A short walk from my hotel near the Piazalle Roma on the diminutive Gaffaro canal was number one on my list - Ristorante Ribot.  When I asked for advice at my hotel, Ribot was the first spot they mentioned - all the confirmation I needed.  I was psyched.  Despite no answer when I called to reserve, I was certain this was just some sort of Italian thing - they were too busy preparing in the kitchen to bother answering the phone, of course.  After a tasty glass of vodka in my hotel room, I traveled solo to Ribot - no relation to the fine guitarist Marc Ribot, by the way - and what I found was a shuttered, closed restaurant. So much for that idea.   When I inquired at the desk of the business next door, I was informed that the owners were on vacation all week, but were open for lunch.  Okay, maybe that's another Italian thing - you only go on vacation at night, but you're home during the day.  So I returned for lunch the next day, and this is what I found:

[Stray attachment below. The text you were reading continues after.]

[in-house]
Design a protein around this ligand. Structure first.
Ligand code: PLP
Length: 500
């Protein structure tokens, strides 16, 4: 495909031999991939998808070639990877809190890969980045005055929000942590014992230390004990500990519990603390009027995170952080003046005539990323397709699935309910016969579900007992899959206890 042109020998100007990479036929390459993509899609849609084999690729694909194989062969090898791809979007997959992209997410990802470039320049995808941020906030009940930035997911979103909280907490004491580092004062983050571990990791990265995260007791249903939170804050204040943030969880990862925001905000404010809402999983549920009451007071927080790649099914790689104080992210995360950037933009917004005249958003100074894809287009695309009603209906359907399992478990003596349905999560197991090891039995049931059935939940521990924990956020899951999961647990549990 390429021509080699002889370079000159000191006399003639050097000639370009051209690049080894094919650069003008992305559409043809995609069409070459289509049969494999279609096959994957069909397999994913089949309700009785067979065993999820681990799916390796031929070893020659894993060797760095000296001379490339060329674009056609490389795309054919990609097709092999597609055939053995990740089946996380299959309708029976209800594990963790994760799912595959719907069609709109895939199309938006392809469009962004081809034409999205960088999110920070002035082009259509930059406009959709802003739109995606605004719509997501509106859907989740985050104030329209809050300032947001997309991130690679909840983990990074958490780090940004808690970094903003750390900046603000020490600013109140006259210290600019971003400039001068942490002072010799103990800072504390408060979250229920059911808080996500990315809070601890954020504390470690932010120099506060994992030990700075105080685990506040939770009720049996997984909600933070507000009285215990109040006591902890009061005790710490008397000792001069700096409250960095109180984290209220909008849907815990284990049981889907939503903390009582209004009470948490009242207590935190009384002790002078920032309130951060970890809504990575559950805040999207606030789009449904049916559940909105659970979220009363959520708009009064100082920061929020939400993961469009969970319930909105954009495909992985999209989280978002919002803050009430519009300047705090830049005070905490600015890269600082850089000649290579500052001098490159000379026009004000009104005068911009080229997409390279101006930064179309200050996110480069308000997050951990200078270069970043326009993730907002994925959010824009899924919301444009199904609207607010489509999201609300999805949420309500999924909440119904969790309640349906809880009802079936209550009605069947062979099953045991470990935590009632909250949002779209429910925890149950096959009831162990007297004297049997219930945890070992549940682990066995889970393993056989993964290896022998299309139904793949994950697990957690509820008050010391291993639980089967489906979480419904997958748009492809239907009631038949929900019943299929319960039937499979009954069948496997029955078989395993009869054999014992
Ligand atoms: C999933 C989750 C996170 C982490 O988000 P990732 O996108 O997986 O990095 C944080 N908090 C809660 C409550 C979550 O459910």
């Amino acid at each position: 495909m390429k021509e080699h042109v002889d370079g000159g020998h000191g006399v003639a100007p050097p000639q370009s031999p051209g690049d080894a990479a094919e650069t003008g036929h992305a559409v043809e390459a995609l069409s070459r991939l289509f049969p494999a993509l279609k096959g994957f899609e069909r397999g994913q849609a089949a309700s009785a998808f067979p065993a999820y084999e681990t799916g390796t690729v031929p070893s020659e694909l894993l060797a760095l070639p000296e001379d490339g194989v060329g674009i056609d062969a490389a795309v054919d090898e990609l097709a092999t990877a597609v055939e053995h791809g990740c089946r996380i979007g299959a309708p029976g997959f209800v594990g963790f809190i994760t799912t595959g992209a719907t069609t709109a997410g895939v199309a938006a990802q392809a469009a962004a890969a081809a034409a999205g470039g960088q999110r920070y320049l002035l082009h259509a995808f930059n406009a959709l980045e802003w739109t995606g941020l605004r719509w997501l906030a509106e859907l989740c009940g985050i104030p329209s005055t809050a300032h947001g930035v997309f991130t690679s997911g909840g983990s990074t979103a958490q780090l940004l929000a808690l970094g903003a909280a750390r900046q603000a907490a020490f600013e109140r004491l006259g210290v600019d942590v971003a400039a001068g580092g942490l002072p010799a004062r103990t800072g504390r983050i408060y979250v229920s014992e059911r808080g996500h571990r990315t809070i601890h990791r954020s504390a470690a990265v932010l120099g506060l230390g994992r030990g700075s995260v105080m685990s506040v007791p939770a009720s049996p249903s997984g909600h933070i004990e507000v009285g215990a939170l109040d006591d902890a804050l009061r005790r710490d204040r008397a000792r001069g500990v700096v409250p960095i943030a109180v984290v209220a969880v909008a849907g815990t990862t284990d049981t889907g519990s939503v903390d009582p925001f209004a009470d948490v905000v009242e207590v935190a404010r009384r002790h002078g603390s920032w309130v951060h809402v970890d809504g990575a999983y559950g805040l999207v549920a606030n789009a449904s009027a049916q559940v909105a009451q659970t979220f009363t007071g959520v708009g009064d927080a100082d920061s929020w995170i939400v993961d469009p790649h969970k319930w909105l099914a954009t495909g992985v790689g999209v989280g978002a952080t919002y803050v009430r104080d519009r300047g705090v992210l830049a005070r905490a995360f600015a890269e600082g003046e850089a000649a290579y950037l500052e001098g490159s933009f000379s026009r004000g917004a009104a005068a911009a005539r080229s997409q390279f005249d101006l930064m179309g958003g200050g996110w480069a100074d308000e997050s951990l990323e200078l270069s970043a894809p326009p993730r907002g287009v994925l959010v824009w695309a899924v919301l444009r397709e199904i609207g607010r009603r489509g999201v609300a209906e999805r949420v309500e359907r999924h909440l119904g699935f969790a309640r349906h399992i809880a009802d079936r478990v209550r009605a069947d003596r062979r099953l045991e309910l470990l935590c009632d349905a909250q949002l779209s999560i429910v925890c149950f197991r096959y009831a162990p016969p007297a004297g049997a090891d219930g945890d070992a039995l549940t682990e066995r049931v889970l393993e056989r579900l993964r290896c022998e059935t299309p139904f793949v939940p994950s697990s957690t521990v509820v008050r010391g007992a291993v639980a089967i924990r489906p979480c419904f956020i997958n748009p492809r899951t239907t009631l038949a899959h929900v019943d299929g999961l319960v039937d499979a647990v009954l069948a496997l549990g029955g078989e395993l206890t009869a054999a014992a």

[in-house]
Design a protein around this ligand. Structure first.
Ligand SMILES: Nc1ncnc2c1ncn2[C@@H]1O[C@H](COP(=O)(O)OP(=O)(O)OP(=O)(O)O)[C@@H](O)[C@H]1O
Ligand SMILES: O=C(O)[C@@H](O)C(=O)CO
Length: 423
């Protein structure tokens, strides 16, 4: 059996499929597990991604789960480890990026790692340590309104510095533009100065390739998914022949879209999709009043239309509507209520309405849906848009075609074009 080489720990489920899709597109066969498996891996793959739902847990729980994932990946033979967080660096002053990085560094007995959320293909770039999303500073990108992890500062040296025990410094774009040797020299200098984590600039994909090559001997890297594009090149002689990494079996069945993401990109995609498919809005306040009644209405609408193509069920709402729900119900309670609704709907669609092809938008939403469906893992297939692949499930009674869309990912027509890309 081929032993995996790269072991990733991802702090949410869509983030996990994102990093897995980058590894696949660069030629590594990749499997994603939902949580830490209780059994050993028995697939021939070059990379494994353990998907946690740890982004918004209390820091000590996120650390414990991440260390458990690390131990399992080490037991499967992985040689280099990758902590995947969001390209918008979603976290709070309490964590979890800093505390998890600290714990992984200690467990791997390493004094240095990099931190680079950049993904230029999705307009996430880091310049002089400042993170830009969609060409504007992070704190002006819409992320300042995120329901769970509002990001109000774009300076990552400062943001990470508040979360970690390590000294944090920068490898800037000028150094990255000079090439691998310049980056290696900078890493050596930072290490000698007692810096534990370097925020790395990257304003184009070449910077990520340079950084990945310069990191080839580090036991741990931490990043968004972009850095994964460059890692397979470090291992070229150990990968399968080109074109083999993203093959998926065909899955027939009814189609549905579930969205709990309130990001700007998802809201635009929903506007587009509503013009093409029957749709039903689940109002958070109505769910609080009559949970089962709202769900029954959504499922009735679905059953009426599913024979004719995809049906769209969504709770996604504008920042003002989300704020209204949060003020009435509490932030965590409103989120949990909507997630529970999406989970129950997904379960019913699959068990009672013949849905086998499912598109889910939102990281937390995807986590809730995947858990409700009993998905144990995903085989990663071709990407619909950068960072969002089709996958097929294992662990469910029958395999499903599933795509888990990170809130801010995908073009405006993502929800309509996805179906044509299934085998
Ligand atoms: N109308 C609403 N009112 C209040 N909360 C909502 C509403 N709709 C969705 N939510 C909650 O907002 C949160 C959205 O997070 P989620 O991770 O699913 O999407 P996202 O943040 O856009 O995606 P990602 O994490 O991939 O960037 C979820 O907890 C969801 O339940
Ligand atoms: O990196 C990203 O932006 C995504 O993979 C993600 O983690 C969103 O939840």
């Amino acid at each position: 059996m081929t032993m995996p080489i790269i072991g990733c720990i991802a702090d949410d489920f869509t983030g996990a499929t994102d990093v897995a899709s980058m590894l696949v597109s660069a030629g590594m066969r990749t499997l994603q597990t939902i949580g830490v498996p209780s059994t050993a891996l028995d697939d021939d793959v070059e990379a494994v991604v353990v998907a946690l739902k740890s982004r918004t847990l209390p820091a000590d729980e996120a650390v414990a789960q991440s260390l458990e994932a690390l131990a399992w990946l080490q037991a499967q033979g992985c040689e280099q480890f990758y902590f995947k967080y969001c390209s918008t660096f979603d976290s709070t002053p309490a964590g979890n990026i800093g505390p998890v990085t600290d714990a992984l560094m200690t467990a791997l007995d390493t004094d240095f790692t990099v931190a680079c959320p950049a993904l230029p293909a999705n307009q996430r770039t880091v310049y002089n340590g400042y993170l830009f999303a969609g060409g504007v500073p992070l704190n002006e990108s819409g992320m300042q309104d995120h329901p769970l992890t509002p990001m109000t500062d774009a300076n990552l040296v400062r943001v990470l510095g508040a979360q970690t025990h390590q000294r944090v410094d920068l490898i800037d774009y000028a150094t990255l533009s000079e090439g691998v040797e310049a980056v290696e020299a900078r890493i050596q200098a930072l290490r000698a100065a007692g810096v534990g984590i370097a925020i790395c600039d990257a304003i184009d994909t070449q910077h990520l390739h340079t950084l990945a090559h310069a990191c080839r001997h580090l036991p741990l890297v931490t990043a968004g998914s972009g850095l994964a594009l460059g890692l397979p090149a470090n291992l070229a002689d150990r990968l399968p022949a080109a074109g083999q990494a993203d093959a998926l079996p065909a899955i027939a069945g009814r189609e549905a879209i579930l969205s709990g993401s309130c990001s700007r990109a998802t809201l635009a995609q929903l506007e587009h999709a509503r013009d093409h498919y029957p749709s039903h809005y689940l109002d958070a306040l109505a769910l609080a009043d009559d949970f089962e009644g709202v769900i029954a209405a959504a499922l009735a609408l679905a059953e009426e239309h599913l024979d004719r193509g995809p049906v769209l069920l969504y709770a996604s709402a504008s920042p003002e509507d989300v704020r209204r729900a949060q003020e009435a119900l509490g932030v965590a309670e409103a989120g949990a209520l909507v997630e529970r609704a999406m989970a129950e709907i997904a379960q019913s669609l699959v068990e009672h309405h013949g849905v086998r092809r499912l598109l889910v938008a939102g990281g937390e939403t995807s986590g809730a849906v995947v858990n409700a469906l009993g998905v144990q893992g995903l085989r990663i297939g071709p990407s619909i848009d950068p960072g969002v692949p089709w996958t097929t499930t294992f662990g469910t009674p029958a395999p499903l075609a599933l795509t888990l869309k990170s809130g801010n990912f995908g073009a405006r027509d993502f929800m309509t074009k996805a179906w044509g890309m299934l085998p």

Ristorante Ribot when it's not opened

Yep, closed again.  Closed, and no cigar.  So no, apparently that is not an Italian thing that I mentioned before, and when Italians go on vacation during a week, you can count on their being away day and night.  At least that makes more sense.  But I was still out a couple meals.

So here's what I did.  For dinner, I walked half a block down and on the other side of the street was one of those little trattorias that I used to stumble into blindly and hope I could get an authentic Italian meal.  This turned out to be a pretty good choice, and the next day I read quite a lot good about Osteria Ae Cravate.

Osteria Ae Cravate
Address: Salizada san pantalon - santa croce, 36, 30135 Venezia, Italy
Phone:+39 041 528 7912

Some of the actual cravates hanging from the Osteria's ceiling